I got up from shiva yesterday morning for my mother. My mother didn’t die in the community in which she was born; she didn’t die in the community in which I was raised. Instead, she died in the community in which we moved my parents to about 10 years ago, closer to one of my brothers, so that she could be cared for by one of her sons. As a result, I spent the beginning of my shiva period in a hotel. It seems that this is a growing phenomenon, given the mobility of the generations that make up the North American Jewish community today.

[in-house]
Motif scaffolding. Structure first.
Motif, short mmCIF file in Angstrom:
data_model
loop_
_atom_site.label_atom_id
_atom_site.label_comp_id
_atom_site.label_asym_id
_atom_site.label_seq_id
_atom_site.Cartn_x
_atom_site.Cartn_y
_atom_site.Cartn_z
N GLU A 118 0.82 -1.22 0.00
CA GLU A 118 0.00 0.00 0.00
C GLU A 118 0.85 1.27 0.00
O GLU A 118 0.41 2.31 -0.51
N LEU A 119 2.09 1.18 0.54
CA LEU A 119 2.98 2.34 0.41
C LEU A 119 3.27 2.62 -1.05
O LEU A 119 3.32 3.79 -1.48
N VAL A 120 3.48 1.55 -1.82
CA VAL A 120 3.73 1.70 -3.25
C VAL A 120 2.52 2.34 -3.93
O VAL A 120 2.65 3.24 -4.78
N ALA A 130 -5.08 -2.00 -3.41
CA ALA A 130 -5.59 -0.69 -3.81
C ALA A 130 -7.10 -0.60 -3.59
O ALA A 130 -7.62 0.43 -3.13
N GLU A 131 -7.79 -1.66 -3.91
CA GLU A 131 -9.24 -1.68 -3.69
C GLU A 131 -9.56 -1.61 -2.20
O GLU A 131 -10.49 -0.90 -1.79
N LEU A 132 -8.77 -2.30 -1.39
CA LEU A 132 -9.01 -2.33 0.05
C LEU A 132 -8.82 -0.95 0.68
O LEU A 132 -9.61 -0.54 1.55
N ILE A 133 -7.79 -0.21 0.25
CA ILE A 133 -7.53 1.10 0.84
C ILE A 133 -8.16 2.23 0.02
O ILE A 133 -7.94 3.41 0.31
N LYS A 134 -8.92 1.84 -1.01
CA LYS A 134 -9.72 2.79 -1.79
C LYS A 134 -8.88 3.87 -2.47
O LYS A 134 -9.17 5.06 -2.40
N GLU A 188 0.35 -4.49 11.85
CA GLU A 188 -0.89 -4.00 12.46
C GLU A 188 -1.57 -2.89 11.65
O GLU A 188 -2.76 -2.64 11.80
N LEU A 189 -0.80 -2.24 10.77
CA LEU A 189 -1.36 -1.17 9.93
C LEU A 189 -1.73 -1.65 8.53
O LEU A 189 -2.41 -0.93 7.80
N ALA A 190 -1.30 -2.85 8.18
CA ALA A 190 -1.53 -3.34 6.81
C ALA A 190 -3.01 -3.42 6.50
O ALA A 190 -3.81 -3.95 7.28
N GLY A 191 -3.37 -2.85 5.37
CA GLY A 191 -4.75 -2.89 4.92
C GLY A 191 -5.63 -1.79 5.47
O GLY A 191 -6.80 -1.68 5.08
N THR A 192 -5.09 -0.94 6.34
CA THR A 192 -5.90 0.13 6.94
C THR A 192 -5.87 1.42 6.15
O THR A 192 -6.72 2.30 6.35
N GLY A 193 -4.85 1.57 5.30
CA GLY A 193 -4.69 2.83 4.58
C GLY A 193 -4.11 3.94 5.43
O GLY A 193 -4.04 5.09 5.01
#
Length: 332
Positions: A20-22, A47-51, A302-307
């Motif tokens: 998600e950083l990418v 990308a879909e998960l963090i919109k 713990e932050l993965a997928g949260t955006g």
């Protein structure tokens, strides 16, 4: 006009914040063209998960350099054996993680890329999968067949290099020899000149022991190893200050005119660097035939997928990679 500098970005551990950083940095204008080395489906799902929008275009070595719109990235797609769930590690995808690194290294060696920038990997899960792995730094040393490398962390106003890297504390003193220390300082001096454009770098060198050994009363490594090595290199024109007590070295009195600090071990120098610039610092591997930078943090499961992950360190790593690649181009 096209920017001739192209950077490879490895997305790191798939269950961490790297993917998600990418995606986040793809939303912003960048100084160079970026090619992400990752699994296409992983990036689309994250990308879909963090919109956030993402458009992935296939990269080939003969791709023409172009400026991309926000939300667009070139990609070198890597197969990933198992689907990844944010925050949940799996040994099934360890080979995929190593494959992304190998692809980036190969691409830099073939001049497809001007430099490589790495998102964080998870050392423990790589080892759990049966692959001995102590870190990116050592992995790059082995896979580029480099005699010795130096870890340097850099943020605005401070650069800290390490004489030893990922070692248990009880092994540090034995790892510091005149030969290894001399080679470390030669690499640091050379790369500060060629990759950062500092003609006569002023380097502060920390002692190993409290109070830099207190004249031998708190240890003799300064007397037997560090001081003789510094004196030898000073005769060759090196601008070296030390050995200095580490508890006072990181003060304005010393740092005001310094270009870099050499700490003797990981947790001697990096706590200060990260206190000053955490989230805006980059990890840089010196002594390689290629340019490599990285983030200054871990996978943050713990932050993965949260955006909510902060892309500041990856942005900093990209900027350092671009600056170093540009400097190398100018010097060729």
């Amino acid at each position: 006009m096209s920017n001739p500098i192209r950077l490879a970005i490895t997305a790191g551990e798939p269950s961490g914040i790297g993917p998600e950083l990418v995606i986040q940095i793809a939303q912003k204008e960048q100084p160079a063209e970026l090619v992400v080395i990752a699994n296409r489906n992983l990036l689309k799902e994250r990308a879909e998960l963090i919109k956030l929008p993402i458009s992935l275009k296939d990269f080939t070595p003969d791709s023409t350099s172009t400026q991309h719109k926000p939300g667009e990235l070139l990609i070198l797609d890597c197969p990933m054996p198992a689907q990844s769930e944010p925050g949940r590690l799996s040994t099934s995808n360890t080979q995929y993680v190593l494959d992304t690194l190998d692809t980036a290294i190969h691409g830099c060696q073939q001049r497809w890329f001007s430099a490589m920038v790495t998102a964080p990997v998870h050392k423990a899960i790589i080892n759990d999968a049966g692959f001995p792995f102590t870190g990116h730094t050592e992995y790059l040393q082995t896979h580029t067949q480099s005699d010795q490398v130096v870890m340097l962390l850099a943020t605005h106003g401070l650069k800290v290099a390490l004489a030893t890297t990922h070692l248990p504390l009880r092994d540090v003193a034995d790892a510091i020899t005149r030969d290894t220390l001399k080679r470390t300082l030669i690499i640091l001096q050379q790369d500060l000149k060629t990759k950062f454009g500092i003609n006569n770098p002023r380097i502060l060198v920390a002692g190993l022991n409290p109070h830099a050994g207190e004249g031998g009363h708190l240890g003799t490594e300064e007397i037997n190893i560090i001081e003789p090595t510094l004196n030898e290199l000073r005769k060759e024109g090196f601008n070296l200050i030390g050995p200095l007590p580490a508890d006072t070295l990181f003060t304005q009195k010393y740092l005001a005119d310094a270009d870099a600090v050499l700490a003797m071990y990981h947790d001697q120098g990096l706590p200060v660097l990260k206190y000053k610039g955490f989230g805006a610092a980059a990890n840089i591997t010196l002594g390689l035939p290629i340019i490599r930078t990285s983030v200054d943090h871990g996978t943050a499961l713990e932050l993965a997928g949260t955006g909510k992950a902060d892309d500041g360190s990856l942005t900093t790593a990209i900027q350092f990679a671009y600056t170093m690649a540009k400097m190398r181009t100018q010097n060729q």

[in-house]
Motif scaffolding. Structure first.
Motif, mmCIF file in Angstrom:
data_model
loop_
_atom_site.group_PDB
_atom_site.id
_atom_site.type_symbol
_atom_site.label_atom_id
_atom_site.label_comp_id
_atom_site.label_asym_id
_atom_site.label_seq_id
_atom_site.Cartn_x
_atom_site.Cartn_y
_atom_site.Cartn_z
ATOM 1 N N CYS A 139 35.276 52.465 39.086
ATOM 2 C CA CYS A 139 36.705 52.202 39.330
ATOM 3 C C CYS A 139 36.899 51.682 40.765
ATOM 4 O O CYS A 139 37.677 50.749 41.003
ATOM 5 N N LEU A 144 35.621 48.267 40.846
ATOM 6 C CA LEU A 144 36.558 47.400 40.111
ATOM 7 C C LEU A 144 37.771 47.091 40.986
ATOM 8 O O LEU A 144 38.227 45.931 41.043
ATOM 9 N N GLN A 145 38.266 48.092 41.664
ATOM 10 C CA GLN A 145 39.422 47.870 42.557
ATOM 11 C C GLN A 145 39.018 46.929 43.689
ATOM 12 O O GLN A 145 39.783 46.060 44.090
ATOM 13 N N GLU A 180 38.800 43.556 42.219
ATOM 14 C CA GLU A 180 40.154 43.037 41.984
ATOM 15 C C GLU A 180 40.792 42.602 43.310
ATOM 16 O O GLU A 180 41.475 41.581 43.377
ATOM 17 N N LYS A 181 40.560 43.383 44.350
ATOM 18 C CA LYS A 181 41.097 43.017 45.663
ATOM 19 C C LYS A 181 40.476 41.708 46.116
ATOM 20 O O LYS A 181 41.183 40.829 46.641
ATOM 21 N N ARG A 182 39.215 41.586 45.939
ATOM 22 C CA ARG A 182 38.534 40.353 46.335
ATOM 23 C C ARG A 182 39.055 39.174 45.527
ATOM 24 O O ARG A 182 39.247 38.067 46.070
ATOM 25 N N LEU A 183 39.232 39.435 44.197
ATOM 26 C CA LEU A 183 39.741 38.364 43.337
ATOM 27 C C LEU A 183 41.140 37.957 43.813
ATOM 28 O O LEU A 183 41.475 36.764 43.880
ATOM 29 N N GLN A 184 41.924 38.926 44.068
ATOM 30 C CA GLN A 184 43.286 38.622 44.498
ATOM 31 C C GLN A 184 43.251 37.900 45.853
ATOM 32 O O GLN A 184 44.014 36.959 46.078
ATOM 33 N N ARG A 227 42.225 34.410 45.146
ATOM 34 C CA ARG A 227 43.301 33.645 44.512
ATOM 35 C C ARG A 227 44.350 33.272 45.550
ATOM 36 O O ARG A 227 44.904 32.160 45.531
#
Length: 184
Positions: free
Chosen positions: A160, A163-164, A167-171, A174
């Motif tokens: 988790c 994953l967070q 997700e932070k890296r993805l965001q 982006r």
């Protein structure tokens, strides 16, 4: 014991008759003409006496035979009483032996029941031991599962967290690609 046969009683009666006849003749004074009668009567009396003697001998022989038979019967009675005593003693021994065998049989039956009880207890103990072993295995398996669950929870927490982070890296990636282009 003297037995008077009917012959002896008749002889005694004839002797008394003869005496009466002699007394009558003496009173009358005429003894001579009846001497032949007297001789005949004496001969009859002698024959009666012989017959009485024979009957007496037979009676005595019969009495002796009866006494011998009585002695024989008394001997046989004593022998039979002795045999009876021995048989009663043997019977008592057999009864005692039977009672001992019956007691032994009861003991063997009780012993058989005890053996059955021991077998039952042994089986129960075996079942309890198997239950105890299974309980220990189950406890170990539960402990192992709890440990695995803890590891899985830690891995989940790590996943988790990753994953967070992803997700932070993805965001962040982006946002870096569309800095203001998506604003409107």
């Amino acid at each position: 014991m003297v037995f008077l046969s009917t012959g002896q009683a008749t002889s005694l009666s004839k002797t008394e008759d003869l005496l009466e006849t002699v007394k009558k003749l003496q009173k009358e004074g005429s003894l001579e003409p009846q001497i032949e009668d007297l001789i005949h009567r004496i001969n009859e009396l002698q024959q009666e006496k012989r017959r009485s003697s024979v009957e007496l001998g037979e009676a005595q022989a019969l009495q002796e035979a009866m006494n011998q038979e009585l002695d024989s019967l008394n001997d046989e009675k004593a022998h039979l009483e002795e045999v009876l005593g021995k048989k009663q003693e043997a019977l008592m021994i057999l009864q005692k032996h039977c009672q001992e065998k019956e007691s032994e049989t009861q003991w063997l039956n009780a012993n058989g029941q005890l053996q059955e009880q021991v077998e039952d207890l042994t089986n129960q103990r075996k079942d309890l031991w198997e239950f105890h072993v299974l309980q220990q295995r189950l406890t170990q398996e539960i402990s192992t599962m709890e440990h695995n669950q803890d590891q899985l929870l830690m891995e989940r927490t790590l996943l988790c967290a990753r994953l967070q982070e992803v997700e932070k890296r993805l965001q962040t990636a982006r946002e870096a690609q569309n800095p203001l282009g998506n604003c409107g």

As a result, I was forced to go to a local synagogue for services—until I was able to come home and be surrounded and supported by my own community. And while I worried about what I might encounter, this congregation was incredibly welcoming and supportive. They saw me as a newcomer, and they quickly discerned that I was a mourner. As a result, they reached out to me—for the time I was in their community.